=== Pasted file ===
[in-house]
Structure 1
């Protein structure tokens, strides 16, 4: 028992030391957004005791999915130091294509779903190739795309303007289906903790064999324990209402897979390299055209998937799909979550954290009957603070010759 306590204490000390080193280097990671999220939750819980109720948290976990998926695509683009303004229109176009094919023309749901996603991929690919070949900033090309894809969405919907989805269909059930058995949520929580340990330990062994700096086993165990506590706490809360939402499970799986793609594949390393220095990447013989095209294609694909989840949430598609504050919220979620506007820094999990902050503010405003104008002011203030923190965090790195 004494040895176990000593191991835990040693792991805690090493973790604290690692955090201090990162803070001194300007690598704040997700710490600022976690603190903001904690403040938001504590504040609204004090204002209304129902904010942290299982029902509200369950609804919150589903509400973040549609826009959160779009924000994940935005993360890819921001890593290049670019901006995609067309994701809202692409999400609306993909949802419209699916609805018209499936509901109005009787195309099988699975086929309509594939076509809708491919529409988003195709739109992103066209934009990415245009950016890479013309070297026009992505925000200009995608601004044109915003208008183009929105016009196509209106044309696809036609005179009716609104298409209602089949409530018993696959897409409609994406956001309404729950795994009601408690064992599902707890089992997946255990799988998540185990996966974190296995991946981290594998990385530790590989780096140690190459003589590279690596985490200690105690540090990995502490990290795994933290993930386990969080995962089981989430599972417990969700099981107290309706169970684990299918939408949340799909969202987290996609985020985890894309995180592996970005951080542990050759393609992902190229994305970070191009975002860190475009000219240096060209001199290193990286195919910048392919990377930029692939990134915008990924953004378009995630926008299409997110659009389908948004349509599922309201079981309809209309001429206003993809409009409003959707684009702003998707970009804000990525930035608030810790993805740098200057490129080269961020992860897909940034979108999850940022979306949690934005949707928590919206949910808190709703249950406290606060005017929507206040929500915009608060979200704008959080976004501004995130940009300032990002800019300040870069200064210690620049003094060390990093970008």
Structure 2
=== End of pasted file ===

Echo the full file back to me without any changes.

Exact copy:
[in-house]
Structure 1
């Protein structure tokens, strides 16, 4: 028992030391957004005791999915130091294509779903190739795309303007289906903790064999324990209402897979390299055209998937799909979550954290009957603070010759 306590204490000390080193280097990671999220939750819980109720948290976990998926695509683009303004229109176009094919023309749901996603991929690919070949900033090309894809969405919907989805269909059930058995949520929580340990330990062994700096086993165990506590706490809360939402499970799986793609594949390393220095990447013989095209294609694909989840949430598609504050919220979620506007820094999990902050503010405003104008002011203030923190965090790195 004494040895176990000593191991835990040693792991805690090493973790604290690692955090201090990162803070001194300007690598704040997700710490600022976690603190903001904690403040938001504590504040609204004090204002209304129902904010942290299982029902509200369950609804919150589903509400973040549609826009959160779009924000994940935005993360890819921001890593290049670019901006995609067309994701809202692409999400609306993909949802419209699916609805018209499936509901109005009787195309099988699975086929309509594939076509809708491919529409988003195709739109992103066209934009990415245009950016890479013309070297026009992505925000200009995608601004044109915003208008183009929105016009196509209106044309696809036609005179009716609104298409209602089949409530018993696959897409409609994406956001309404729950795994009601408690064992599902707890089992997946255990799988998540185990996966974190296995991946981290594998990385530790590989780096140690190459003589590279690596985490200690105690540090990995502490990290795994933290993930386990969080995962089981989430599972417990969700099981107290309706169970684990299918939408949340799909969202987290996609985020985890894309995180592996970005951080542990050759393609992902190229994305970070191009975002860190475009000219240096060209001199290193990286195919910048392919990377930029692939990134915008990924953004378009995630926008299409997110659009389908948004349509599922309201079981309809209309001429206003993809409009409003959707684009702003998707970009804000990525930035608030810790993805740098200057490129080269961020992860897909940034979108999850940022979306949690934005949707928590919206949910808190709703249950406290606060005017929507206040929500915009608060979200704008959080976004501004995130940009300032990002800019300040870069200064210690620049003094060390990093970008």
Structure 2